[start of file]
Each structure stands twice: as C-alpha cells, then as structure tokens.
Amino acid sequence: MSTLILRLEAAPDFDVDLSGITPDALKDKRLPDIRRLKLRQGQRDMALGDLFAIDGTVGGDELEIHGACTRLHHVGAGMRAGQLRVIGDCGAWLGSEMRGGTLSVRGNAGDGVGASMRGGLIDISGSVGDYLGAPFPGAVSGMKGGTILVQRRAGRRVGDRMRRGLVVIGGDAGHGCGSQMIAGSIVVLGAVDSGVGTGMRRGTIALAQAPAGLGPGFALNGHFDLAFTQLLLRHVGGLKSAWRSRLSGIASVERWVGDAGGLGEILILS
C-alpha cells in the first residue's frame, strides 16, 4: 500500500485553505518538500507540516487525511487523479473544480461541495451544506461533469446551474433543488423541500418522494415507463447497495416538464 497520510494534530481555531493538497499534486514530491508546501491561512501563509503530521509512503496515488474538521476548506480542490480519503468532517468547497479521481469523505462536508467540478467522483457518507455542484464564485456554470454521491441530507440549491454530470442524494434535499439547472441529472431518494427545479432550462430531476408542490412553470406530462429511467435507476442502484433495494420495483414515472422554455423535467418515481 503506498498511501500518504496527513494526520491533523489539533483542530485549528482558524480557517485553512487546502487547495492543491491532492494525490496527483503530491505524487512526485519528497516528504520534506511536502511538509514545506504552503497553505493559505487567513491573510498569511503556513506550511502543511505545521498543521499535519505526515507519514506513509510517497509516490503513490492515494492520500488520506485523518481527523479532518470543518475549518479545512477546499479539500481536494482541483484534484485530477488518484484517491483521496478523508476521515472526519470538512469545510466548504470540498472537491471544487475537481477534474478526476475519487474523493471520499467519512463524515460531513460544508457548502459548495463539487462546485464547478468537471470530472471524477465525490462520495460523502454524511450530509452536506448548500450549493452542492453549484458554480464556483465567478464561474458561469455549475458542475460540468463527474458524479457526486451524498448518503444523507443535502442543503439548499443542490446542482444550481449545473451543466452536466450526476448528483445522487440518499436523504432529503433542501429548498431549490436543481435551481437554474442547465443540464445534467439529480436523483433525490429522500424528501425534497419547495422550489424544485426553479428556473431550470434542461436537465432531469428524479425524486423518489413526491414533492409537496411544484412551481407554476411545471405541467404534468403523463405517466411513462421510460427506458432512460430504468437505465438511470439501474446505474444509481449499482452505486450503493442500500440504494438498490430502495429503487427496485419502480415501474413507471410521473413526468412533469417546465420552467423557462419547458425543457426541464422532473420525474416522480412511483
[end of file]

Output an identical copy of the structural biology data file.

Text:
Each structure stands twice: as C-alpha cells, then as structure tokens.
Amino acid sequence: MSTLILRLEAAPDFDVDLSGITPDALKDKRLPDIRRLKLRQGQRDMALGDLFAIDGTVGGDELEIHGACTRLHHVGAGMRAGQLRVIGDCGAWLGSEMRGGTLSVRGNAGDGVGASMRGGLIDISGSVGDYLGAPFPGAVSGMKGGTILVQRRAGRRVGDRMRRGLVVIGGDAGHGCGSQMIAGSIVVLGAVDSGVGTGMRRGTIALAQAPAGLGPGFALNGHFDLAFTQLLLRHVGGLKSAWRSRLSGIASVERWVGDAGGLGEILILS
C-alpha cells in the first residue's frame, strides 16, 4: 500500500485553505518538500507540516487525511487523479473544480461541495451544506461533469446551474433543488423541500418522494415507463447497495416538464 497520510494534530481555531493538497499534486514530491508546501491561512501563509503530521509512503496515488474538521476548506480542490480519503468532517468547497479521481469523505462536508467540478467522483457518507455542484464564485456554470454521491441530507440549491454530470442524494434535499439547472441529472431518494427545479432550462430531476408542490412553470406530462429511467435507476442502484433495494420495483414515472422554455423535467418515481 503506498498511501500518504496527513494526520491533523489539533483542530485549528482558524480557517485553512487546502487547495492543491491532492494525490496527483503530491505524487512526485519528497516528504520534506511536502511538509514545506504552503497553505493559505487567513491573510498569511503556513506550511502543511505545521498543521499535519505526515507519514506513509510517497509516490503513490492515494492520500488520506485523518481527523479532518470543518475549518479545512477546499479539500481536494482541483484534484485530477488518484484517491483521496478523508476521515472526519470538512469545510466548504470540498472537491471544487475537481477534474478526476475519487474523493471520499467519512463524515460531513460544508457548502459548495463539487462546485464547478468537471470530472471524477465525490462520495460523502454524511450530509452536506448548500450549493452542492453549484458554480464556483465567478464561474458561469455549475458542475460540468463527474458524479457526486451524498448518503444523507443535502442543503439548499443542490446542482444550481449545473451543466452536466450526476448528483445522487440518499436523504432529503433542501429548498431549490436543481435551481437554474442547465443540464445534467439529480436523483433525490429522500424528501425534497419547495422550489424544485426553479428556473431550470434542461436537465432531469428524479425524486423518489413526491414533492409537496411544484412551481407554476411545471405541467404534468403523463405517466411513462421510460427506458432512460430504468437505465438511470439501474446505474444509481449499482452505486450503493442500500440504494438498490430502495429503487427496485419502480415501474413507471410521473413526468412533469417546465420552467423557462419547458425543457426541464422532473420525474416522480412511483